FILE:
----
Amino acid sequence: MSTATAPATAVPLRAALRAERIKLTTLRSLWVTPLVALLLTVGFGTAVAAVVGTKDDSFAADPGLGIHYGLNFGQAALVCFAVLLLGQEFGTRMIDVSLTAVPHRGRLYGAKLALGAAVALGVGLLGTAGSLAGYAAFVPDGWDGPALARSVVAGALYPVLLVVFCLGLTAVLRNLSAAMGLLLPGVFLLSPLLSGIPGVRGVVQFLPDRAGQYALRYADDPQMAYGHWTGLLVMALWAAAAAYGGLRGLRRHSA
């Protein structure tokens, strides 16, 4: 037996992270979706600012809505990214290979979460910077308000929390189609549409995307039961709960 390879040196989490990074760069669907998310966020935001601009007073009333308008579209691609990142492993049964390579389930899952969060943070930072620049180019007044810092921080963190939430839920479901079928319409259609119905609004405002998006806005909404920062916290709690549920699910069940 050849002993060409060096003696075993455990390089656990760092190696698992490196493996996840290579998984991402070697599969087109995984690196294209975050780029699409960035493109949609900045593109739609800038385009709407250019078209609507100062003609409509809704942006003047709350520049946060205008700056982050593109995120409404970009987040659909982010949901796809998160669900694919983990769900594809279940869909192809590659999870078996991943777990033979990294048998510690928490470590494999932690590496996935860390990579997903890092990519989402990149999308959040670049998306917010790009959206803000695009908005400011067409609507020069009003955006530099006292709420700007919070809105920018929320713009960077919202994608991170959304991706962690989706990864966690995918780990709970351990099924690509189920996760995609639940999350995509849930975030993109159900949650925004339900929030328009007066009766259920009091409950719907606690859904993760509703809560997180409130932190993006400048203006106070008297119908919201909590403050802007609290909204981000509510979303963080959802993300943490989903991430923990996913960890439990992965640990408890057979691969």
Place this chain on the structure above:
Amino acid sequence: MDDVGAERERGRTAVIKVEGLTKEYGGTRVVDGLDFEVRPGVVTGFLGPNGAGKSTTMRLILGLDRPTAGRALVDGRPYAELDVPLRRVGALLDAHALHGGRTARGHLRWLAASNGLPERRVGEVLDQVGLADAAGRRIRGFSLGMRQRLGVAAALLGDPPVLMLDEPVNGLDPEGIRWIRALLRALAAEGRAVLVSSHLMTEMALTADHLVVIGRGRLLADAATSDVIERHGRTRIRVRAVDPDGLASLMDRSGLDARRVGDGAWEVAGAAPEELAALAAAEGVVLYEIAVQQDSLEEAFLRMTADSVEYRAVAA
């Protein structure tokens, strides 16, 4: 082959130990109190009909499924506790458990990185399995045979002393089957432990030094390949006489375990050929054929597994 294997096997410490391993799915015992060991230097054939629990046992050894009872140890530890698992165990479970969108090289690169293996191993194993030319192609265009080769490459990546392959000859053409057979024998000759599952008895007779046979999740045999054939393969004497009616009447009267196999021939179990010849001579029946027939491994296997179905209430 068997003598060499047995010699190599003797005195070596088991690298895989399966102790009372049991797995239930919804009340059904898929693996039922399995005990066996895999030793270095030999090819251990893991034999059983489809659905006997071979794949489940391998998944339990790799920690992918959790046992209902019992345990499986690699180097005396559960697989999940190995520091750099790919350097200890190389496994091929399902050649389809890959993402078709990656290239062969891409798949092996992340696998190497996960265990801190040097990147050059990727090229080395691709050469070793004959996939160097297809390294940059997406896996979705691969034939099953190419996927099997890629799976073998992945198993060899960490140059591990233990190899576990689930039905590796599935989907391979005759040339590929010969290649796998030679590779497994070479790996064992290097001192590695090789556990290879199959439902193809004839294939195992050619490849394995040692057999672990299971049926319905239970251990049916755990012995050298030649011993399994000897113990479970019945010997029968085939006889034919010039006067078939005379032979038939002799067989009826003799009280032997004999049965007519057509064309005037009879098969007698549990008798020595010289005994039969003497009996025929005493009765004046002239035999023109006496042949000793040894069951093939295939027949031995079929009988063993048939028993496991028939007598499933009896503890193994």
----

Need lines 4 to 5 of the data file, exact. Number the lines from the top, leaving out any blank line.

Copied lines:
Amino acid sequence: MDDVGAERERGRTAVIKVEGLTKEYGGTRVVDGLDFEVRPGVVTGFLGPNGAGKSTTMRLILGLDRPTAGRALVDGRPYAELDVPLRRVGALLDAHALHGGRTARGHLRWLAASNGLPERRVGEVLDQVGLADAAGRRIRGFSLGMRQRLGVAAALLGDPPVLMLDEPVNGLDPEGIRWIRALLRALAAEGRAVLVSSHLMTEMALTADHLVVIGRGRLLADAATSDVIERHGRTRIRVRAVDPDGLASLMDRSGLDARRVGDGAWEVAGAAPEELAALAAAEGVVLYEIAVQQDSLEEAFLRMTADSVEYRAVAA
């Protein structure tokens, strides 16, 4: 082959130990109190009909499924506790458990990185399995045979002393089957432990030094390949006489375990050929054929597994 294997096997410490391993799915015992060991230097054939629990046992050894009872140890530890698992165990479970969108090289690169293996191993194993030319192609265009080769490459990546392959000859053409057979024998000759599952008895007779046979999740045999054939393969004497009616009447009267196999021939179990010849001579029946027939491994296997179905209430 068997003598060499047995010699190599003797005195070596088991690298895989399966102790009372049991797995239930919804009340059904898929693996039922399995005990066996895999030793270095030999090819251990893991034999059983489809659905006997071979794949489940391998998944339990790799920690992918959790046992209902019992345990499986690699180097005396559960697989999940190995520091750099790919350097200890190389496994091929399902050649389809890959993402078709990656290239062969891409798949092996992340696998190497996960265990801190040097990147050059990727090229080395691709050469070793004959996939160097297809390294940059997406896996979705691969034939099953190419996927099997890629799976073998992945198993060899960490140059591990233990190899576990689930039905590796599935989907391979005759040339590929010969290649796998030679590779497994070479790996064992290097001192590695090789556990290879199959439902193809004839294939195992050619490849394995040692057999672990299971049926319905239970251990049916755990012995050298030649011993399994000897113990479970019945010997029968085939006889034919010039006067078939005379032979038939002799067989009826003799009280032997004999049965007519057509064309005037009879098969007698549990008798020595010289005994039969003497009996025929005493009765004046002239035999023109006496042949000793040894069951093939295939027949031995079929009988063993048939028993496991028939007598499933009896503890193994």